But in the cases of the Eastern Cape and Limpopo education departments, which have both been placed under administration, the basic education ministry can be held accountable as the minister herself is now directly in charge.

In fact, the problems identified in Limpopo – mismanagement and corruption – were raised over a decade ago in former education minister Kader Asmals’ 2000 Curriculum Review. 

In 2009 another review revealed that vetting and procurement differed across provinces, and inter-provincial coordination structures existed, but were not operating properly.

Sarah Sephton of the Legal Resources Centre recounts a case of a district official in the Eastern Cape who reported in June that textbooks had not been received. “Communication is a serious problem. It was the first time the national department had heard of these problems and it was half-way through the year.”

The Free State and KwaZulu-Natal are also being highlighted by experts as areas of concern.

Outsourcing the distribution and procurement of textbooks and other supplies has led to more complications, with Sephton and Skelton adding that stationery, desk and chairs supplies are also problematic.

Civil society groups believe that highly inexperienced, overtaxed officials at provincial and national level have meant that process-monitoring is not happening in some provinces. 

There are 23 steps to be followed to get learner teacher supply materials to schools, so it’s not surprising that corners are being cut.

Big corruption risk with centralisation

Provinces like the Eastern Cape and Limpopo left it to schools to order the textbooks they needed, but Sephton says that centralising procurement, with more control at national level, is not the answer either.

“There are indications from a report in Kenya that greater centralisation of procurement, where only a few people have decision-making power, leads to greater corruption.”

In the case of Limpopo, Karodia found that a single supplier, EduSolutions, had complete control of the procurement and delivery system after the dismantling of the province’s book unit. This meant that before new service providers could be appointed, the education department had to negotiate for EduSolutions to release the database and records of school orders.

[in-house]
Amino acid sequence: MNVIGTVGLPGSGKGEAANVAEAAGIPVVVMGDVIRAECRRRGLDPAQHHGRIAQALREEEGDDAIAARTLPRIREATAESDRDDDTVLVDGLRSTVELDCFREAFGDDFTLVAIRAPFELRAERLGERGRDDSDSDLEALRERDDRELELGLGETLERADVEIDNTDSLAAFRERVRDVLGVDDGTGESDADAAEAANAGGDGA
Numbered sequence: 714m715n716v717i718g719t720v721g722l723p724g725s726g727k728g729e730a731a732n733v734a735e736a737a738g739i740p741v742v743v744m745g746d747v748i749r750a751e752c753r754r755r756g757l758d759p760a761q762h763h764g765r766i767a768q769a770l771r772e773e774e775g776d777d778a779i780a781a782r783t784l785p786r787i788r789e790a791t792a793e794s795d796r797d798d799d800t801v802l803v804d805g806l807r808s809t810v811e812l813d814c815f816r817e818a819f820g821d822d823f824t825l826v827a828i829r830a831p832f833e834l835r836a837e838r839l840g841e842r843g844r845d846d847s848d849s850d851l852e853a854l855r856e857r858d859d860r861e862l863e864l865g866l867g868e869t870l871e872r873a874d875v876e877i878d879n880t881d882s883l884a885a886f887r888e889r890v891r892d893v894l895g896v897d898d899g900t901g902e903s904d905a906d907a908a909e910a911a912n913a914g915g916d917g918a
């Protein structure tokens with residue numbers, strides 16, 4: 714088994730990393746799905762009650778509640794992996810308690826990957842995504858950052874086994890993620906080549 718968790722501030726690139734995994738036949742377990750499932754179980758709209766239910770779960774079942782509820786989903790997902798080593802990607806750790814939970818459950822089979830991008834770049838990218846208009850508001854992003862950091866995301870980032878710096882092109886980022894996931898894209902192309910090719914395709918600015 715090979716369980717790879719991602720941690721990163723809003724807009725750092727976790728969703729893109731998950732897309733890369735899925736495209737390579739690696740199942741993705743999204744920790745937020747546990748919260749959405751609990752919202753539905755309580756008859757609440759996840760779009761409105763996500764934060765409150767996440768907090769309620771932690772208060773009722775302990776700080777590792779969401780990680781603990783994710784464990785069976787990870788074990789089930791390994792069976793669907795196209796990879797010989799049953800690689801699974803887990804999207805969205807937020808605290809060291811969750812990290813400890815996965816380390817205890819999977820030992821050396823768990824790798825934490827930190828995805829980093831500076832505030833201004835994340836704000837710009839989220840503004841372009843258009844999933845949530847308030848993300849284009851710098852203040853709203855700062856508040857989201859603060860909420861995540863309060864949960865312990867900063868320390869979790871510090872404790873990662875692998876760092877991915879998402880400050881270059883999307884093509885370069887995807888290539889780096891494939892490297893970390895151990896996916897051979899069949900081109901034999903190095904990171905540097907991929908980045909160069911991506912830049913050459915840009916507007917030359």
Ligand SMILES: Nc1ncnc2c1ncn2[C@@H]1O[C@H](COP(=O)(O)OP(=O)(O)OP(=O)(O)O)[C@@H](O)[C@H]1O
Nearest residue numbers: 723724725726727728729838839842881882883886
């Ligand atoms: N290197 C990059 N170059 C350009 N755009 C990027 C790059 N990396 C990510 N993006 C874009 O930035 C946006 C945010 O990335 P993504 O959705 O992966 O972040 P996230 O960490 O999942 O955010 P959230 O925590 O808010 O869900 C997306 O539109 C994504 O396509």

Worse still, Heywood points out, there is no-one for principals to complain to when textbooks are not received, because not a single person in the department knew what was supposed to be delivered.

“EduSolutions provided their own delivery report in Limpopo, which does not appear to have been verified, and principals found the district departments were difficult to complain to,” he said.

This also appears to have been a problem in the Eastern Cape, although another company there delivers and procures textbooks.

Heywood said the top-up of books in Limpopo – that is the replacement of lost or damaged textbooks – is not happening either, something which is particularly concerning for grades 11 and 12 where several children have to share one book.

“This appears to have been going on for some time,” he said. 

A report leaked to the Mail & Guardian earlier in August revealed that 80% of a sample of 200 schools were not given enough textbooks for each pupil to have one.

New curriculum adds fuel to the fire

Section27 has concentrated its fight on grades 1, 2, 3 and 10 in Limpopo, which require new textbooks because they are the first years to implement the new curriculum. But Heywood said there are concerns that textbook shortages will also impact on children writing matric, as books are not being topped up.

“We are also concerned about what will happen next year, when the new curriculum is extended to grades 4 to 9, and grades 11 and 12, he said.

In the next instalment we'll explore how the Limpopo case shines a light on the troublesome link between service delivery and corruption, and bring you fascinating insight on why this particular crisis prompted the response it got from government and civil society.



Over the next few weeks Corruption Watch will bring you a six-part series offering exclusive and insightful analysis on the textbook fiasco, explain its significance in the broader picture of the country’s education system and tell you, the public, exactly why you should care and support action on this.